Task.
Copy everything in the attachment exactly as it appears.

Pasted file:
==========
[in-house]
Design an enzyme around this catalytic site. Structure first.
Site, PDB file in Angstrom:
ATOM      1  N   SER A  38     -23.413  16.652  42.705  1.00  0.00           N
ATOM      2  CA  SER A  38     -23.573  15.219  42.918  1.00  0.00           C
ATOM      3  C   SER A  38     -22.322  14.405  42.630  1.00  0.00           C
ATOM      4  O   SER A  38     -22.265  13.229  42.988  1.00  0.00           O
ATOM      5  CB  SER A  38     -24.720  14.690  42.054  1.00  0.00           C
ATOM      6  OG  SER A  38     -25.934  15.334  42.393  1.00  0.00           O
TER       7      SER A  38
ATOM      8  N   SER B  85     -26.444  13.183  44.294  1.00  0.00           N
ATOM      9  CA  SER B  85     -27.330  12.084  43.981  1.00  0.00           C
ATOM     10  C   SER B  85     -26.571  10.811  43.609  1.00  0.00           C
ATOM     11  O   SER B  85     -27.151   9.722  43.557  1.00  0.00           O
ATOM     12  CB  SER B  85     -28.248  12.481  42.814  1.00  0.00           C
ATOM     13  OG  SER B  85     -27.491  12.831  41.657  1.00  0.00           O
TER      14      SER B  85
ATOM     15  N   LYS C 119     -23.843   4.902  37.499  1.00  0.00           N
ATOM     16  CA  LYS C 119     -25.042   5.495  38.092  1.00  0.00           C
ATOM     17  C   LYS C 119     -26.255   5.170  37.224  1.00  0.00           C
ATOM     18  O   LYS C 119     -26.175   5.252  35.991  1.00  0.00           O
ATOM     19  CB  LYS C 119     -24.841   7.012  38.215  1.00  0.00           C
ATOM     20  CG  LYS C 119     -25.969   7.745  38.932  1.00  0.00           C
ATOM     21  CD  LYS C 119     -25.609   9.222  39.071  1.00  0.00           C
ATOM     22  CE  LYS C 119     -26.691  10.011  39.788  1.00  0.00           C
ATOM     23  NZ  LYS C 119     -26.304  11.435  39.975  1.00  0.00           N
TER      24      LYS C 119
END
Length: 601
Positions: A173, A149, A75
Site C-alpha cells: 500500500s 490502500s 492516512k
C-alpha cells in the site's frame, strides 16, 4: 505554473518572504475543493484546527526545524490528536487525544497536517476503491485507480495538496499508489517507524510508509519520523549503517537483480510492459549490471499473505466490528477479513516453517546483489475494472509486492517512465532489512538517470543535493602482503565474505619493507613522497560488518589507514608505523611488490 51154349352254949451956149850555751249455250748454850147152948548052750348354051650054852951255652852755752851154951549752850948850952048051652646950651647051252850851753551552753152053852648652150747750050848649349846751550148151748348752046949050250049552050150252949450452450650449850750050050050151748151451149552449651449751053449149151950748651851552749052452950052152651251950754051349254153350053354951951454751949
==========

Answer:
[in-house]
Design an enzyme around this catalytic site. Structure first.
Site, PDB file in Angstrom:
ATOM      1  N   SER A  38     -23.413  16.652  42.705  1.00  0.00           N
ATOM      2  CA  SER A  38     -23.573  15.219  42.918  1.00  0.00           C
ATOM      3  C   SER A  38     -22.322  14.405  42.630  1.00  0.00           C
ATOM      4  O   SER A  38     -22.265  13.229  42.988  1.00  0.00           O
ATOM      5  CB  SER A  38     -24.720  14.690  42.054  1.00  0.00           C
ATOM      6  OG  SER A  38     -25.934  15.334  42.393  1.00  0.00           O
TER       7      SER A  38
ATOM      8  N   SER B  85     -26.444  13.183  44.294  1.00  0.00           N
ATOM      9  CA  SER B  85     -27.330  12.084  43.981  1.00  0.00           C
ATOM     10  C   SER B  85     -26.571  10.811  43.609  1.00  0.00           C
ATOM     11  O   SER B  85     -27.151   9.722  43.557  1.00  0.00           O
ATOM     12  CB  SER B  85     -28.248  12.481  42.814  1.00  0.00           C
ATOM     13  OG  SER B  85     -27.491  12.831  41.657  1.00  0.00           O
TER      14      SER B  85
ATOM     15  N   LYS C 119     -23.843   4.902  37.499  1.00  0.00           N
ATOM     16  CA  LYS C 119     -25.042   5.495  38.092  1.00  0.00           C
ATOM     17  C   LYS C 119     -26.255   5.170  37.224  1.00  0.00           C
ATOM     18  O   LYS C 119     -26.175   5.252  35.991  1.00  0.00           O
ATOM     19  CB  LYS C 119     -24.841   7.012  38.215  1.00  0.00           C
ATOM     20  CG  LYS C 119     -25.969   7.745  38.932  1.00  0.00           C
ATOM     21  CD  LYS C 119     -25.609   9.222  39.071  1.00  0.00           C
ATOM     22  CE  LYS C 119     -26.691  10.011  39.788  1.00  0.00           C
ATOM     23  NZ  LYS C 119     -26.304  11.435  39.975  1.00  0.00           N
TER      24      LYS C 119
END
Length: 601
Positions: A173, A149, A75
Site C-alpha cells: 500500500s 490502500s 492516512k
C-alpha cells in the site's frame, strides 16, 4: 505554473518572504475543493484546527526545524490528536487525544497536517476503491485507480495538496499508489517507524510508509519520523549503517537483480510492459549490471499473505466490528477479513516453517546483489475494472509486492517512465532489512538517470543535493602482503565474505619493507613522497560488518589507514608505523611488490 51154349352254949451956149850555751249455250748454850147152948548052750348354051650054852951255652852755752851154951549752850948850952048051652646950651647051252850851753551552753152053852648652150747750050848649349846751550148151748348752046949050250049552050150252949450452450650449850750050050050151748151451149552449651449751053449149151950748651851552749052452950052152651251950754051349254153350053354951951454751949